For myself, to help you understand my burning decision is by putting this in American terminology for medical insurance jargon that you talk about  – my co-pay for the pump was $1,800 and I purchased the pump back in February 2008.  That’s a chunk of cha ching that could have gone for a new set of tires for my motorcycle or better yet healthy groceries.  Along with the supplies, it can add up for those of us who don't have a great insurance deal or one at all.  Things I think some people who are considering going onto a pump need to consider.

    I’ve had a few issues with MDI (multiple dosage injecting) which I've voiced in a few of the social diabetic forums I belong in – but I’ll keep you pondering until the next time I write and you can weigh the pros/cons along with me.

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  • By: Kelly59: Jul, 14, 2010 18:12 PM

    Congratulations Anna!  I will be anxious to hear your decision about whether or not to go back to the pump.  But you know I will be disappointed if you stick to MDI!  All these years it took m to finally get a pump & the moment I decide I am ready, you jump ship.  I logged in here today expecting to see a different story, so now you really have me pondering for awhile.  Did I ever tell you that when I read a book, I like to read the first chapter to get a feel for the characters, then read the ending next before reading the rest of the book because I don’t like to wait to find out what happens.  Bloggers don’t let me do that!


    By: : Jul, 13, 2010 11:50 AM
    Way to go, Anna! AWEsome! Always makes it seem worthwhile when we see those lower results, particularly after doing something we aren't sure about. My three-month visit in June showed a whole percentage point drop from 8.7 to 7.7 (way still high, I know) after my nearly three-month pump hiatus. MDI seems to be working. So we decided to stay off my pump through the summer, and I'll go back on the pump at end of August. I really miss it, but the MDI is working! Good luck on your end in keeping in up and having continued success for however long you do the MDI track!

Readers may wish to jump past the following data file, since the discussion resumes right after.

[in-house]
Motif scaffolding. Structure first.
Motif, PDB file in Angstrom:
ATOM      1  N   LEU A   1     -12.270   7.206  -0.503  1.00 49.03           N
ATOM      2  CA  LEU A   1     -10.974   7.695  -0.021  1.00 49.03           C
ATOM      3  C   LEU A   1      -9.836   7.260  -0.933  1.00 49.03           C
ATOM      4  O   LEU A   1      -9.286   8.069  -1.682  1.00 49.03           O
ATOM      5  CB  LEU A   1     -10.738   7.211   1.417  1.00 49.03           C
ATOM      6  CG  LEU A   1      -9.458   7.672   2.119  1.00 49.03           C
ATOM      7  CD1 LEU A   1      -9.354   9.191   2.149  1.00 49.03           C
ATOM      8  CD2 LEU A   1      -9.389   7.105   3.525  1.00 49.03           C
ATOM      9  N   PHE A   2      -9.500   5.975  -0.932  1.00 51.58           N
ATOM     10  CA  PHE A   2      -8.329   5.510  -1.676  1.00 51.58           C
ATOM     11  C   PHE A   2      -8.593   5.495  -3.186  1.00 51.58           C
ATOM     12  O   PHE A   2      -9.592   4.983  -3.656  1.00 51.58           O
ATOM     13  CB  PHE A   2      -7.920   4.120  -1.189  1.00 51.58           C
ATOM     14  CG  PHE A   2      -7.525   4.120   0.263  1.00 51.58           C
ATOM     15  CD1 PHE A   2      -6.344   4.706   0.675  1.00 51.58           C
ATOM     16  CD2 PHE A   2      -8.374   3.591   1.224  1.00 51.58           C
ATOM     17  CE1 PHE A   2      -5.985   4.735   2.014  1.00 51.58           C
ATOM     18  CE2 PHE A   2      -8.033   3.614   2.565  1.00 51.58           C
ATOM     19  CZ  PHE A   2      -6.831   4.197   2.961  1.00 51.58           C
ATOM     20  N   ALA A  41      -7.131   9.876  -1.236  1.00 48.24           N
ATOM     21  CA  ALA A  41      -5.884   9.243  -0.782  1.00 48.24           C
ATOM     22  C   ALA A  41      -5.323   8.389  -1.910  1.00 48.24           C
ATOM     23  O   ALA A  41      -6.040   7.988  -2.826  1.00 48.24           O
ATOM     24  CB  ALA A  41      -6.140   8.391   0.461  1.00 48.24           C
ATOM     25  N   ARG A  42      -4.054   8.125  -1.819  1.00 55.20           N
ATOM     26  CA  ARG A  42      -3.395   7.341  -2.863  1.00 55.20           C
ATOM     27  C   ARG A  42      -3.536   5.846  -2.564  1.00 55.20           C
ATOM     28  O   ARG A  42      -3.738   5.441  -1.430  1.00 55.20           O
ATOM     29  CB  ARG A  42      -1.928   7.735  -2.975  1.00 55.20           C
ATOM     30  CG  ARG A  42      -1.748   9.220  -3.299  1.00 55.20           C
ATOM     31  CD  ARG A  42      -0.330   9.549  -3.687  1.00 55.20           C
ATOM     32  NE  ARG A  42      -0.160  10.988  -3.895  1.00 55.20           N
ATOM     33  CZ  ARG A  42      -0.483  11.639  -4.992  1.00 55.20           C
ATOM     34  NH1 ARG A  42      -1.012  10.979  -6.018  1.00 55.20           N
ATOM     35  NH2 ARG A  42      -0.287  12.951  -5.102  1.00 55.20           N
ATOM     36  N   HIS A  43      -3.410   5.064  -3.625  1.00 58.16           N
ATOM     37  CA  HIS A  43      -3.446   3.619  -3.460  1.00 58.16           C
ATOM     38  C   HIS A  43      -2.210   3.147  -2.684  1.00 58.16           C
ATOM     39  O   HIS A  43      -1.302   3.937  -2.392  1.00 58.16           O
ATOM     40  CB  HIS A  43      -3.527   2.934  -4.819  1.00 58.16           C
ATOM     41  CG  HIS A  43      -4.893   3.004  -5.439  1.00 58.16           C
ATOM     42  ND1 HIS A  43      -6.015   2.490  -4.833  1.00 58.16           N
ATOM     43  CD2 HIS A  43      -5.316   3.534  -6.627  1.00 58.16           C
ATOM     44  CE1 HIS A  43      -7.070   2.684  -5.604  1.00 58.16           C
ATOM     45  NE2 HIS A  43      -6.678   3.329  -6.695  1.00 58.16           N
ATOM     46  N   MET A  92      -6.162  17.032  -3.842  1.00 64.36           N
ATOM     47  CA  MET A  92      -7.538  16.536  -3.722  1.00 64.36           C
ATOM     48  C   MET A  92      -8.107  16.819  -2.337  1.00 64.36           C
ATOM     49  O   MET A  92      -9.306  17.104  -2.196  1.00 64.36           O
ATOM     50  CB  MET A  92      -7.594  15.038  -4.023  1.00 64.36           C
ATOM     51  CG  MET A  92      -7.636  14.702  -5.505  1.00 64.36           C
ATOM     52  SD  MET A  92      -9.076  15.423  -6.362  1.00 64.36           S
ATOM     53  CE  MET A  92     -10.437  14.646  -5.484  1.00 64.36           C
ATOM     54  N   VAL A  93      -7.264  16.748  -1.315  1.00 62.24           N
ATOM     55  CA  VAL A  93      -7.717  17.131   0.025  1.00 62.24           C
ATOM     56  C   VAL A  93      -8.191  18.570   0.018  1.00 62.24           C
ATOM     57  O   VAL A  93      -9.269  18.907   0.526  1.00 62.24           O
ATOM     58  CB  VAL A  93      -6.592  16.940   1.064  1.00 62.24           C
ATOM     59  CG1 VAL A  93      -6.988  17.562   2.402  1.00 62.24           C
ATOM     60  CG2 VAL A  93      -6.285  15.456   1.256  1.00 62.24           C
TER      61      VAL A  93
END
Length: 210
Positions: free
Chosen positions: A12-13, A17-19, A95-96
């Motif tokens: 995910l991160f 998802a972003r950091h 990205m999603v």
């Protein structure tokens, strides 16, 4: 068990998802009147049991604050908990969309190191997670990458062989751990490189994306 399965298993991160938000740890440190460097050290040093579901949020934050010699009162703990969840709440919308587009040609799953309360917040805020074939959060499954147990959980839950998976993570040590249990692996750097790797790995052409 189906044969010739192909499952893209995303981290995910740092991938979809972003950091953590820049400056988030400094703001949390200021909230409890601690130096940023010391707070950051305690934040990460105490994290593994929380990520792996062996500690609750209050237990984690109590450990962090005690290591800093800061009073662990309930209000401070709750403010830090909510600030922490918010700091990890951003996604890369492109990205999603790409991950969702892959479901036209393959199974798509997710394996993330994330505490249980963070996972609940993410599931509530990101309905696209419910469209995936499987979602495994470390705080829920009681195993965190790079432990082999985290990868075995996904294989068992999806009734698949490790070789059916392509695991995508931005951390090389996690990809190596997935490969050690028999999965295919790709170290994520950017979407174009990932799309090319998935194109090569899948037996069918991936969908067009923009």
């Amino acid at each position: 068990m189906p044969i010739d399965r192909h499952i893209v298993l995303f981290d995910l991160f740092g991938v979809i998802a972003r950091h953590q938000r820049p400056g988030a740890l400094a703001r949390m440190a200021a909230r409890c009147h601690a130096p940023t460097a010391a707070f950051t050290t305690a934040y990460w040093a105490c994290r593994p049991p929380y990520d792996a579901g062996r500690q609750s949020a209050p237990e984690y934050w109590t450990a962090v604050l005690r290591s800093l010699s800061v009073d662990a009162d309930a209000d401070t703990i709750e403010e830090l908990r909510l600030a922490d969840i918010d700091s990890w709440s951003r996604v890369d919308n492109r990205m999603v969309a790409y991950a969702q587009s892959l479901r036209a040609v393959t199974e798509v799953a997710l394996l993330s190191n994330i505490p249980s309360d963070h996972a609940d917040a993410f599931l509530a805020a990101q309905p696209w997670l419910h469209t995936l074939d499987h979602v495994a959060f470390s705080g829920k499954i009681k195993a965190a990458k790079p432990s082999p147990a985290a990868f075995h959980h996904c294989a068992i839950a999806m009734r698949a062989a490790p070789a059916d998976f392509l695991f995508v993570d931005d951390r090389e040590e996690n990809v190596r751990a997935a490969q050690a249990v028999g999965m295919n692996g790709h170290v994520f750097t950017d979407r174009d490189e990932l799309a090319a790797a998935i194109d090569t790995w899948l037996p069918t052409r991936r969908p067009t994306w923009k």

By: FatCatAnna: Jul, 12, 2010 18:26 PM
    Hey AmariT - you've got me thinking here - I've always been slightly anal about doing the job myself - so we're much the same.  When I was given the role of supervisor - and trying to get the work done by the small staff I had - in the end - I often was doing the jobs I'd asked to be done by the staff - because I knew how to do it quickly/efficiently.  I didn't last long in that role obviously - I told my boss to find someone else to do it <lol>. 

    Hmm, does that make us control freaks?  I was already told by my endo that I am OCD.




    By: AmariT: Jul, 12, 2010 17:34 PM
    I'm always a little afraid of taking control out of my hands and handing it to a fallable peice of technology. I trust myself far more than I trust a machine.

    Somewhere in my mind, I'm aware that I'm just as fallable as the machine, maybe even more so. Doing things myself gives me a feeling of control, though.

    I suppose this can be connected to me doing all of the work in group projects back in high school because I didn't trust other people in the group to do the work correctly.